Big Hint: When you talk to publishers always ask them what they do to promote their authors’ books. Pin them down to specifics.

 o   The second directory page is for fellow authors. Jot notes on them, too. It’s no fun to arrive home with a useless business card.

o   Ditto for agents and for conference planners. You may be surprised at how often you’ll refer to this page.

o   A page for “Other Resources” includes information on anything from other conferences to books you’d like to read.

o   Designate a few pages for writing ideas.

o   The final pages are for new promotion ideas.

Hint: Bring a small pouch of tools—I use one I received with an Estée Lauder gift-with-purchase. Toss into it color-coded pens, snub-nosed scissors (sharp ones may not get you through airport security), a small roll of cellophane tape, your index labels, paperclips, strong see-through packing tape, hammer, tacks, razor, ChapStick, hole puncher, breath mints, elastic bands, Band-Aids, and your personal medication. Don’t unpack this when you get home. You’ll need it in the future for other conferences, book signings, book fairs, and other promotional events.

You can use a conference to promote, too.

  • Some conferences offer tables where participants can leave promotional handouts for their books or services. Before you leave home, ask your conference coordinator how you might utilize this opportunity.
  • Ask the conference coordinator if they publish a newsletter or journal. If so, send the editor media releases as your career moves along.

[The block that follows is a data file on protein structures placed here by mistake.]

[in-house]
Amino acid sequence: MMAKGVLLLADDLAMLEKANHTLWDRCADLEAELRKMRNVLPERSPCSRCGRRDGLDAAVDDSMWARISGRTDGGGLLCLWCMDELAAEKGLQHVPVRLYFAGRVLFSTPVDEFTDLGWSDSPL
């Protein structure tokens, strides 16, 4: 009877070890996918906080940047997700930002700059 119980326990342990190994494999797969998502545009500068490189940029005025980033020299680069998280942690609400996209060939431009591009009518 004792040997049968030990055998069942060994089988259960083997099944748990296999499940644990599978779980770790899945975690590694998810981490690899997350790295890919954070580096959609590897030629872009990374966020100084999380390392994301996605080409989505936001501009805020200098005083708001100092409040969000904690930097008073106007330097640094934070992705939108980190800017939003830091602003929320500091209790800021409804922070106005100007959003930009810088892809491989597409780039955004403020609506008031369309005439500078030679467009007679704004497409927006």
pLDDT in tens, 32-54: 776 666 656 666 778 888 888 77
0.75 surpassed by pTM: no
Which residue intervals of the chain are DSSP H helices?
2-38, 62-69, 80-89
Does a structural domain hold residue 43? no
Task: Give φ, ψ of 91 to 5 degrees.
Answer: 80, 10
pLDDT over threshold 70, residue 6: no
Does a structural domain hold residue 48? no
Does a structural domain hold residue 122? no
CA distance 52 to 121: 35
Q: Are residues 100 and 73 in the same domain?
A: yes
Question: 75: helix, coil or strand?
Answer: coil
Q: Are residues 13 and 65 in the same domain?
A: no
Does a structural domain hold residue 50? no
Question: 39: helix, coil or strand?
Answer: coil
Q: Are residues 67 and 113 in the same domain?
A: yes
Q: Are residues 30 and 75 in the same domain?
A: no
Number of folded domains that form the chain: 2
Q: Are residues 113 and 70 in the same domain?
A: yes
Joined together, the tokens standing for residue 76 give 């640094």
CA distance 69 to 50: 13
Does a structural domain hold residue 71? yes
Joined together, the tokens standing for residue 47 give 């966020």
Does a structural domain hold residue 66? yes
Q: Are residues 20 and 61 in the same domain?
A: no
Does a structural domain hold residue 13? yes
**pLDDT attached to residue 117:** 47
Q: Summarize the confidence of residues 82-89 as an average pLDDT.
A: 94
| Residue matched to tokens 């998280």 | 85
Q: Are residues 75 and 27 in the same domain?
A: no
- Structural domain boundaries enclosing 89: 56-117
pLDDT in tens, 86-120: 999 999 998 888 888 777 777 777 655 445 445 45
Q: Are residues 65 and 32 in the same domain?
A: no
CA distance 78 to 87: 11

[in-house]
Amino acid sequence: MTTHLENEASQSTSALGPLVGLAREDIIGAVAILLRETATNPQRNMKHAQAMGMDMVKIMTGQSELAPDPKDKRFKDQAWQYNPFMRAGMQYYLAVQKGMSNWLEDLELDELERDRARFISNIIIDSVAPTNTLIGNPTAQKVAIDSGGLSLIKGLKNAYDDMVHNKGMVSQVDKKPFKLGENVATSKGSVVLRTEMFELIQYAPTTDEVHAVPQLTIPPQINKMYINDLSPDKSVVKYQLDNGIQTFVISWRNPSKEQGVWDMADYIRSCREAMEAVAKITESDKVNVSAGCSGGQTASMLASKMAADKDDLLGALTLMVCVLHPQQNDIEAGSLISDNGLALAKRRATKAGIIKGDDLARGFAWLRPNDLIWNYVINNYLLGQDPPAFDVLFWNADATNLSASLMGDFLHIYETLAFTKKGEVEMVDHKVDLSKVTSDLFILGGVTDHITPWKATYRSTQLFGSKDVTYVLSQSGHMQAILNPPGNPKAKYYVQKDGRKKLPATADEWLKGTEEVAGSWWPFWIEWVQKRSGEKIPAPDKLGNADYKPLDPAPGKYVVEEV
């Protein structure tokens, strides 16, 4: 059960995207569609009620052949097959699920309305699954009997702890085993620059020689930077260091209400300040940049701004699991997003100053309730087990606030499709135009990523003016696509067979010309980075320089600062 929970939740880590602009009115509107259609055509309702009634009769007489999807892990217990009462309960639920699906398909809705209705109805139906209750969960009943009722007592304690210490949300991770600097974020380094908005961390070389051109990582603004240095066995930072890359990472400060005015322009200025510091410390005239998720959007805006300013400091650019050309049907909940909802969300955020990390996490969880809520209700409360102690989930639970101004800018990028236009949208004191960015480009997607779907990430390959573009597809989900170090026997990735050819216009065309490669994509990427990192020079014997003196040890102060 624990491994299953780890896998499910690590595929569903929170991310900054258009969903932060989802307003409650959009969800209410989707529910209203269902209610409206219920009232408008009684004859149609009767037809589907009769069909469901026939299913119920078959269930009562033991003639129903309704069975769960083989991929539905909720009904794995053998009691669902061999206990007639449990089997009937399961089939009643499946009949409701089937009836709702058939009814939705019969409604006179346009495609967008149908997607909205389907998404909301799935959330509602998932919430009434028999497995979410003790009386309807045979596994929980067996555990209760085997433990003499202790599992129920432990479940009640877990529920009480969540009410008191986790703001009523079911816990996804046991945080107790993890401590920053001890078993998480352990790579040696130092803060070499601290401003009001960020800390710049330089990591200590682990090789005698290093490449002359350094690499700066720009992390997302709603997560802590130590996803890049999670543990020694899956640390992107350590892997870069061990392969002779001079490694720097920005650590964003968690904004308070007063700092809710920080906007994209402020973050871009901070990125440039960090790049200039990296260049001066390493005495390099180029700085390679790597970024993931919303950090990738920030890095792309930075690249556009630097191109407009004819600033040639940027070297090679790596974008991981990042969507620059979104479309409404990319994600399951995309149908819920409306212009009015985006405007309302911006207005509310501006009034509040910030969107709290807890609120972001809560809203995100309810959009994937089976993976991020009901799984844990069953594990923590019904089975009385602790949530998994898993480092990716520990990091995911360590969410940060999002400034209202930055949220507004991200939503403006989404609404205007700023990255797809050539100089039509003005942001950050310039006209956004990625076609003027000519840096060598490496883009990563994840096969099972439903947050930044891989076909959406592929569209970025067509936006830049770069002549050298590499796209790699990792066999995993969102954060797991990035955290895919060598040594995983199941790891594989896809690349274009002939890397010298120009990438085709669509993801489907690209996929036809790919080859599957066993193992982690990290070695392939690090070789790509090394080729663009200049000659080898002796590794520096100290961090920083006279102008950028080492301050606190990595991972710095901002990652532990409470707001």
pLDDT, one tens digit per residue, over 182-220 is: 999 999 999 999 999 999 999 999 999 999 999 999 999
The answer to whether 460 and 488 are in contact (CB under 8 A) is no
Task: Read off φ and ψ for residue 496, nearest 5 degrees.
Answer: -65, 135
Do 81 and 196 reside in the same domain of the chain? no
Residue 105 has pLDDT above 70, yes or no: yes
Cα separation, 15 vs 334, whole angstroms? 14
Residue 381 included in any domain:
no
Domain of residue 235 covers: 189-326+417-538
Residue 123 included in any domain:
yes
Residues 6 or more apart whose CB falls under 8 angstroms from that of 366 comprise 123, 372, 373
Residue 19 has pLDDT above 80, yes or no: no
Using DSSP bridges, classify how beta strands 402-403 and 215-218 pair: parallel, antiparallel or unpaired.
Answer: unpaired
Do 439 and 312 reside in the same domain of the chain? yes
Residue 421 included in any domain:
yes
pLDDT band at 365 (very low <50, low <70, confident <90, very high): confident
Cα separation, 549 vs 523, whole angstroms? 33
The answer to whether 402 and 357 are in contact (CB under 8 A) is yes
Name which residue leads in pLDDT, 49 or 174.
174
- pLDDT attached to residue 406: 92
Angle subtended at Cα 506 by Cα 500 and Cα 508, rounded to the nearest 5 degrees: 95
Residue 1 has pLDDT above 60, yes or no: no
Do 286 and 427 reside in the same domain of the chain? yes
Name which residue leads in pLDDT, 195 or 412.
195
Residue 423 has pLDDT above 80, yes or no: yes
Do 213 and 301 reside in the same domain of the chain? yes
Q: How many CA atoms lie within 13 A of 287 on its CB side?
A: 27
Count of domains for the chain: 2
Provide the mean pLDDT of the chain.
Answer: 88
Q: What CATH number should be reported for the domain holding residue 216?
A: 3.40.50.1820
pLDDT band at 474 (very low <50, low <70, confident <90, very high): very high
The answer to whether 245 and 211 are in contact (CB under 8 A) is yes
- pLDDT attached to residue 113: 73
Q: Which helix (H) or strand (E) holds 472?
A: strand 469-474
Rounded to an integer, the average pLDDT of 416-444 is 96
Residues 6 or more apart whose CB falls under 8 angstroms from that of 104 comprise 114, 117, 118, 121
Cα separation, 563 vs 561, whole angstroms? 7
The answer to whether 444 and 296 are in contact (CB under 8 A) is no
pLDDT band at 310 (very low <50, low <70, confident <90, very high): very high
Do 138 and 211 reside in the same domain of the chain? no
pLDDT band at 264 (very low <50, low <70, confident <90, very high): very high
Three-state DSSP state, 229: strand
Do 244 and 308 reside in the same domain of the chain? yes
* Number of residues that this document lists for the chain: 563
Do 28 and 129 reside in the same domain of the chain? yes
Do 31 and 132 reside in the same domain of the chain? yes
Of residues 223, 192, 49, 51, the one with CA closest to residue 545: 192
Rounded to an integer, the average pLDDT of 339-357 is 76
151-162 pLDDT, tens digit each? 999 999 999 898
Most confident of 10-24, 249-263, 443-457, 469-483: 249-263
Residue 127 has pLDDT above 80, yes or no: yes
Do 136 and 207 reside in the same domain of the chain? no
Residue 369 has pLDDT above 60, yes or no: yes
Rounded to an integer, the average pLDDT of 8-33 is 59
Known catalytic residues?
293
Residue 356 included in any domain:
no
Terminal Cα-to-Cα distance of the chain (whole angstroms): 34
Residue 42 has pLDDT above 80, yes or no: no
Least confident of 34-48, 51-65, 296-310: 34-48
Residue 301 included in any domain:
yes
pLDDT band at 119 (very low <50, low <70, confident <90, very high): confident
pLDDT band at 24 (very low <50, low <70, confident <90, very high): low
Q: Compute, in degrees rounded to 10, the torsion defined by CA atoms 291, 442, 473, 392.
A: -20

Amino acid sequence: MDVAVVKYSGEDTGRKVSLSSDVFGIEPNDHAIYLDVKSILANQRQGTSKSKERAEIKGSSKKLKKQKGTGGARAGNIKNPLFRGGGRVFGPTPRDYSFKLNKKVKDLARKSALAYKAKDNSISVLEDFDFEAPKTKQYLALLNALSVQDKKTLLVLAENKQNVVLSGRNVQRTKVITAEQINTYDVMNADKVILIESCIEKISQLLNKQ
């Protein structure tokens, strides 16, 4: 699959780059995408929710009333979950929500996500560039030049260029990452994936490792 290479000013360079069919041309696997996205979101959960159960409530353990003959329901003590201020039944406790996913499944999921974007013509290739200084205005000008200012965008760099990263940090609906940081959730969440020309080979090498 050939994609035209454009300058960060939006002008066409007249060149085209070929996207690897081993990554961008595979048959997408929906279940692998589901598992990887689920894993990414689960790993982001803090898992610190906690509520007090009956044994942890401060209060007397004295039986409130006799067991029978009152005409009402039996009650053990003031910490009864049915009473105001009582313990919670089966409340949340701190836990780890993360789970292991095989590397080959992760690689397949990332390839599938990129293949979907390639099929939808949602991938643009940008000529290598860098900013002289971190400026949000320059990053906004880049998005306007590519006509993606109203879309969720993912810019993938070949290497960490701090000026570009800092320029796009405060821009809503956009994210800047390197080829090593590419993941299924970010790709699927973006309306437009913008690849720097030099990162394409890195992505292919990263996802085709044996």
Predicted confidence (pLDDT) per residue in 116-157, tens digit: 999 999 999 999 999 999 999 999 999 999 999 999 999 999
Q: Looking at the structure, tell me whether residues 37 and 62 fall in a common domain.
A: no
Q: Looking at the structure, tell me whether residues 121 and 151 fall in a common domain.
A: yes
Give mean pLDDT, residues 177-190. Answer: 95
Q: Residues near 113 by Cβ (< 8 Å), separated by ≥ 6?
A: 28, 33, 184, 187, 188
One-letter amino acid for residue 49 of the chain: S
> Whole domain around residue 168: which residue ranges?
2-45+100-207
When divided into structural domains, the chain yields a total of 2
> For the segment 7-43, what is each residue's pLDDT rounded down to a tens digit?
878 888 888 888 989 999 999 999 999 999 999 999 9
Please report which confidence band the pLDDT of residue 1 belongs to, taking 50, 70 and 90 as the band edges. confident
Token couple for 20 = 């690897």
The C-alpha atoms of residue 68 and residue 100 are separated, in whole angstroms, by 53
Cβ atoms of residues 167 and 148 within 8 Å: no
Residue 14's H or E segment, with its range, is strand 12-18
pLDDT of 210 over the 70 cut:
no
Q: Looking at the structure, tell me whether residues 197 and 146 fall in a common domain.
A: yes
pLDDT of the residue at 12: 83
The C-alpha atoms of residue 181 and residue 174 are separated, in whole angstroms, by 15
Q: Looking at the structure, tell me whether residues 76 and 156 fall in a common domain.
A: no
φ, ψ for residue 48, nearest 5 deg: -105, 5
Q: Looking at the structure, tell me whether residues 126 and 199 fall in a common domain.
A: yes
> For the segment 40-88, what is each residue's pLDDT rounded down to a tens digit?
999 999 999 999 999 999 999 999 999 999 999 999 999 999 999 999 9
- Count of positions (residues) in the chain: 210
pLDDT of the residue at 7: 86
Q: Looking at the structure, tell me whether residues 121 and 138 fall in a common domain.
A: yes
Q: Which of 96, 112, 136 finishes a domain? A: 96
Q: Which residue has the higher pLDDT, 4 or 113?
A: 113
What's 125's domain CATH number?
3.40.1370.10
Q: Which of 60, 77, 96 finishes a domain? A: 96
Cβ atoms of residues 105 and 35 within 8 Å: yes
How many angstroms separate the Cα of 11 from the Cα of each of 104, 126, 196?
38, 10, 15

• Take your business cards to the conference.
  • If you have a published book, take your bookmarks to give to others. And even a few books. Authors tend not to forget to give their books to people who are in a position to recommend it.
  • If you have an area of expertise that would interest a conference director, introduce yourself. She may be busy, so keep your pitch very short and follow up later.
  • Think in terms of gathering endorsements for your book to use in the future. You are building a network.

Carolyn Howard-Johnson is the author of the multi award-winning HowToDoItFrugally series of book for writers. Learn more about them at www.howtodoitfrugally.com. She also blogs writers’ resources at Writer’s Digest 101 Best Websites pick www.SharingwithWriters.blogspot.com. Follow her tweets at www.twitter.com/frugalbookpromo. And that new edition of The Frugal Book Promoter? It just won a USA Book News award in its own right (for best business/writing book).

Carolyn Howard-Johnson
Instructor for nearly a decade at the renowned UCLA Extension Writers’ Program

Author of the multi award-winning series of HowToDoItFrugally books including the second edition honored by USA BOOK NEWS

The Frugal Book Promoter ( http://budurl.com/FrugalBkPromo ) :
E-mail: HoJoNews@aol.com
Facebook: http://Facebook.com/carolynhowardjohnson
Web site: http://www.HowToDoItFrugally.com